Why midwifery-led units and homebirths are good for midwives as well as women

Choice for women in where to give birth has hit the headlines and took social media by storm, as the below press release was issued by National Institute for Health and Care Excellence (NICE) yesterday:-

“Women who are healthy and experiencing a ‘straight forward’ (low risk) pregnancy should be encouraged to give birth in a midwife-led unit rather than a traditional labour ward, according to draft proposals from NICE. It also provisionally says that a home birth may be just as safe as hospital for low risk pregnant women who have already had at least 1 child, and that midwives should discuss all options with the women in their care. The proposed changes to the institute’s guidance could affect hundreds of thousands of births.”

This is a real victory for many of us, who have been promoting midwife-led units (MLU’s) and home births as an option for well and healthy women with straightforward pregnancies for many years.

But not only is this fantastic news for women (their babies and families), but it’s also great news for midwives.  As a newly qualified midwife at the turn of the millennium, I worked for two years in a community midwifery team alongside one of the UK’s first and pioneering stand-alone MLU’s, the Edgware Birth Centre. Working in an environment where I was supported by other experienced midwives and also able to practice autonomously gave me an excellent grounding in the ‘normality’ of birth. Water births, physiological third stages, women giving birth in whatever position they felt most comfortable and unhurried skin to skin contact after birth were neither luxuries nor exceptions – they were the norm.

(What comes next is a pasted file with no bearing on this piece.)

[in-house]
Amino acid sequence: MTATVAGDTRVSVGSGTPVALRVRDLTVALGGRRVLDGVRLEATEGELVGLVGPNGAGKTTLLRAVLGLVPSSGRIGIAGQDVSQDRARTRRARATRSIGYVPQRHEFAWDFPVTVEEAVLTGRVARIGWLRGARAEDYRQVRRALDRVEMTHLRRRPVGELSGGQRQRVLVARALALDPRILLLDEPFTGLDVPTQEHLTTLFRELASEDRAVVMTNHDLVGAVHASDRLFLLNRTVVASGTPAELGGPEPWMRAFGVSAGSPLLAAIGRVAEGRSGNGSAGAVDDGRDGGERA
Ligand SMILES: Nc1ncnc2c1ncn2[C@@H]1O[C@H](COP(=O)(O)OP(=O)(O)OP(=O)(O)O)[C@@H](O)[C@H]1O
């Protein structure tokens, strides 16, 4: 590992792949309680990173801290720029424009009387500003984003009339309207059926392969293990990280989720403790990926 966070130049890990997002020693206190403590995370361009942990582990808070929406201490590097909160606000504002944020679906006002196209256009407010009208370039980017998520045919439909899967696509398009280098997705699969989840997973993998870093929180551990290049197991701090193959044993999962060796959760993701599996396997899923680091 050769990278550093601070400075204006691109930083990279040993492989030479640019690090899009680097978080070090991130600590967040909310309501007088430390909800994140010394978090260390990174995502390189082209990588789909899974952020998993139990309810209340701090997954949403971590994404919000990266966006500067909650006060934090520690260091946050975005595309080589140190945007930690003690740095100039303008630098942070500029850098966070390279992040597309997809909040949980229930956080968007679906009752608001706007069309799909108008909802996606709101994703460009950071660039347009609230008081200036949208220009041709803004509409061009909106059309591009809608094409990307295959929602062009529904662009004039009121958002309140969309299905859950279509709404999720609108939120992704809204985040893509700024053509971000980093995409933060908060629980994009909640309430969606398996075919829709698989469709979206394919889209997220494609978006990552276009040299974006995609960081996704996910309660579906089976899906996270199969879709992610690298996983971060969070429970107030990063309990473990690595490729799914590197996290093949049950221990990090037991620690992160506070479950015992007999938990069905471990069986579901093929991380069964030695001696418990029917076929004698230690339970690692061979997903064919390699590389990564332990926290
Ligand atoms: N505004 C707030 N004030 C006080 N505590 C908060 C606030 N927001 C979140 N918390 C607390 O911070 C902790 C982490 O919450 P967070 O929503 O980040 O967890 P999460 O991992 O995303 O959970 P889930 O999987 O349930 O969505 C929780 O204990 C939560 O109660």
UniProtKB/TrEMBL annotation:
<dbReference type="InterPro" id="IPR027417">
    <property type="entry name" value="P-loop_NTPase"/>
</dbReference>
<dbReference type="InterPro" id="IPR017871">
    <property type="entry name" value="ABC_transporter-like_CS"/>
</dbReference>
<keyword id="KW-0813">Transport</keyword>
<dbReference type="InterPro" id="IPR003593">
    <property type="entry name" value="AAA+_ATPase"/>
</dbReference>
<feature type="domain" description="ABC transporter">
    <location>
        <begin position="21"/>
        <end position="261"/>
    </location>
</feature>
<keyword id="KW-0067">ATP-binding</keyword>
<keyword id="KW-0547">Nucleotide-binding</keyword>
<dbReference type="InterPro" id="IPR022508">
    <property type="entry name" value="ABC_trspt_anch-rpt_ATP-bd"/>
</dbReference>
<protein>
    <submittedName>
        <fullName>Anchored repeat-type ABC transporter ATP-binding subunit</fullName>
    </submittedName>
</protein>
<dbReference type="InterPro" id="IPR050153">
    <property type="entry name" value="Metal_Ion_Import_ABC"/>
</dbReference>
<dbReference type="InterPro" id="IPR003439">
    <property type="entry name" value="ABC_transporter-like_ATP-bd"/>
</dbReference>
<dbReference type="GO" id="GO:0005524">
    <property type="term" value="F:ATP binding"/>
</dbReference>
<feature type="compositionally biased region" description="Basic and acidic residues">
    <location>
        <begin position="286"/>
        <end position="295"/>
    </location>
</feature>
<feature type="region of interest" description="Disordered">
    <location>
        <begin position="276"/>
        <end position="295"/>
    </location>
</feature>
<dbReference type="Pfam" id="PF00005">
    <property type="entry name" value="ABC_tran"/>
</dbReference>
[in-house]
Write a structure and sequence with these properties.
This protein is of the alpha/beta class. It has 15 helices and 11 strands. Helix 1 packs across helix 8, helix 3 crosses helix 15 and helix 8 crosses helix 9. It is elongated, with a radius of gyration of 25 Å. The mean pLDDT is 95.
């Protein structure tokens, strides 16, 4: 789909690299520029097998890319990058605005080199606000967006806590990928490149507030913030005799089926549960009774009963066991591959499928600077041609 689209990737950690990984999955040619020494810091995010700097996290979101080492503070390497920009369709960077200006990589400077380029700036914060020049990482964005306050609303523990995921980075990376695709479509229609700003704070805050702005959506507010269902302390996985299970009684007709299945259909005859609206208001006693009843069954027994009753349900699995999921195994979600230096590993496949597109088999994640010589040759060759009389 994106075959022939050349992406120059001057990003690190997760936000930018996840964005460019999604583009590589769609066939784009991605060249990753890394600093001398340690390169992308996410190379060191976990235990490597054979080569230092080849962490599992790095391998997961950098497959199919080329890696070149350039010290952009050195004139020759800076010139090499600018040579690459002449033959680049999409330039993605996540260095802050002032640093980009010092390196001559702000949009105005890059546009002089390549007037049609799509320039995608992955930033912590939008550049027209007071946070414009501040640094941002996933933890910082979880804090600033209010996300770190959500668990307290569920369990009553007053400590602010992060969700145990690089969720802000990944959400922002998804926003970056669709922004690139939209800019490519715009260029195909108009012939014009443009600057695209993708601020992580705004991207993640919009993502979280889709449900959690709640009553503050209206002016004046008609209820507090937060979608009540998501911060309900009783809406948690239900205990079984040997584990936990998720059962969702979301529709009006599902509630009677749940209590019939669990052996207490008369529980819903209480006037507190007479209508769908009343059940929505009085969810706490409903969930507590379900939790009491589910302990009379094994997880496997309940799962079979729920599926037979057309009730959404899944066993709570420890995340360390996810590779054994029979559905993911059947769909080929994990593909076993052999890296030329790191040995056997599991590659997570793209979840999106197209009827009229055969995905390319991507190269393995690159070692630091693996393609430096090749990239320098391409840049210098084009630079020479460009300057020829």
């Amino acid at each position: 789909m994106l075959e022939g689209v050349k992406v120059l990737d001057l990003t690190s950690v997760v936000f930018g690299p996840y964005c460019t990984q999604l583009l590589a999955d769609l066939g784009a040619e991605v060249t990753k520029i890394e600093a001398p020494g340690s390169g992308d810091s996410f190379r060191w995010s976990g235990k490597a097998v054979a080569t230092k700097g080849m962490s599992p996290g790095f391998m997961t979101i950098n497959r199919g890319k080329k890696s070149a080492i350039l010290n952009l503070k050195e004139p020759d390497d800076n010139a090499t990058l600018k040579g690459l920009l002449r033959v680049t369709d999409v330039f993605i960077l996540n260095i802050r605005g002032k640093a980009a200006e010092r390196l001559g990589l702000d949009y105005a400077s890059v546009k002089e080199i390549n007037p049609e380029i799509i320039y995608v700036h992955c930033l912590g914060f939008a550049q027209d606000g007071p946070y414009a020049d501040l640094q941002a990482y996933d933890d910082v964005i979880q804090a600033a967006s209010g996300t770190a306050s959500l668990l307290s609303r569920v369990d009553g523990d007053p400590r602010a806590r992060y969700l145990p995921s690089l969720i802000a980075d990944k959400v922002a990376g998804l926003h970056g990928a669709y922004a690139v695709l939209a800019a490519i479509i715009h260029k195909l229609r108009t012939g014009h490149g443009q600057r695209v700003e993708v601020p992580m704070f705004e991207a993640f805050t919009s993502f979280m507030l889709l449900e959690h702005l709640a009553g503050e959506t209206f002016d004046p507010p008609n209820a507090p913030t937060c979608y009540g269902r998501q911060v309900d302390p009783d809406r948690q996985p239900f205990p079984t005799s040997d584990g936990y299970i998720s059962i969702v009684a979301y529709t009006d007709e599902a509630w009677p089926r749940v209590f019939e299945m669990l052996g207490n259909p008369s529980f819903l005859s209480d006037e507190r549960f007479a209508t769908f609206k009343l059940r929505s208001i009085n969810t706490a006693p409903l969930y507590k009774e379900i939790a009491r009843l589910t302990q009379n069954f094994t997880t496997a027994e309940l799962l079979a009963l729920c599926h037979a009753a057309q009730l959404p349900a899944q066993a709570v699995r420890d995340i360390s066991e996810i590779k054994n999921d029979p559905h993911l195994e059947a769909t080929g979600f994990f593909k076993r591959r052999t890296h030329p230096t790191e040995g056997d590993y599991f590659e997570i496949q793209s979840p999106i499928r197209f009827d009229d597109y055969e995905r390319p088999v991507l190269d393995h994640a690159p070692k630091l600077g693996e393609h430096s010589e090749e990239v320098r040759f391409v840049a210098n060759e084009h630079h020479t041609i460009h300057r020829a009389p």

After my two years there, I felt confident enough to work in a one-to-one midwifery team, in which each team member had a caseload of women. Women therefore saw the same midwife right the way through their pregnancies until six weeks postnatal. They could call their named midwife any time of day or night if they had any concerns, and that same named midwife was also on the end of the phone when they went into labour. Our team had an unusually high homebirth rate, of around 10 percent. This was partly due to the fact that we offered healthy women who had uncomplicated pregnancies home assessments in early labour. The women could then decide at that stage whether they wished to transfer in to hospital or whether they wished to continue at home. Many of our women who had home births had not planned to do so, but simply didn’t opt to go into hospital!

Working in both these contexts was exceedingly rewarding for both myself and my colleagues. We felt that we were truly able to partner with women to offer them choice, continuity of carer and control. (To those who were around in the 90’s, these three themes will of course ring bells – they are key themes from the 1993 ‘Changing Childbirth’ report.) Morale was higher than any other midwifery context in which I’ve worked and we experienced high levels of job satisfaction as we saw not only improved tangible outcomes (such as fewer inductions of labour and instrumental deliveries and increased breastfeeding rates, to name a few), but we also saw women empowered and gaining confidence on their journey to motherhood. Additionally, we worked very closely and well with our medical colleagues when women or their babies experienced complications, and truly felt that we were part of a well-functioning multi-disciplinary team.

So the news of NICE’s draft proposals is of course wonderful news for women, but it should also be great news for the midwifery profession if both maternity service commissioners and providers take the proposals to heart.

 

Featured photo credit: Alison, Flickr Creative Commons

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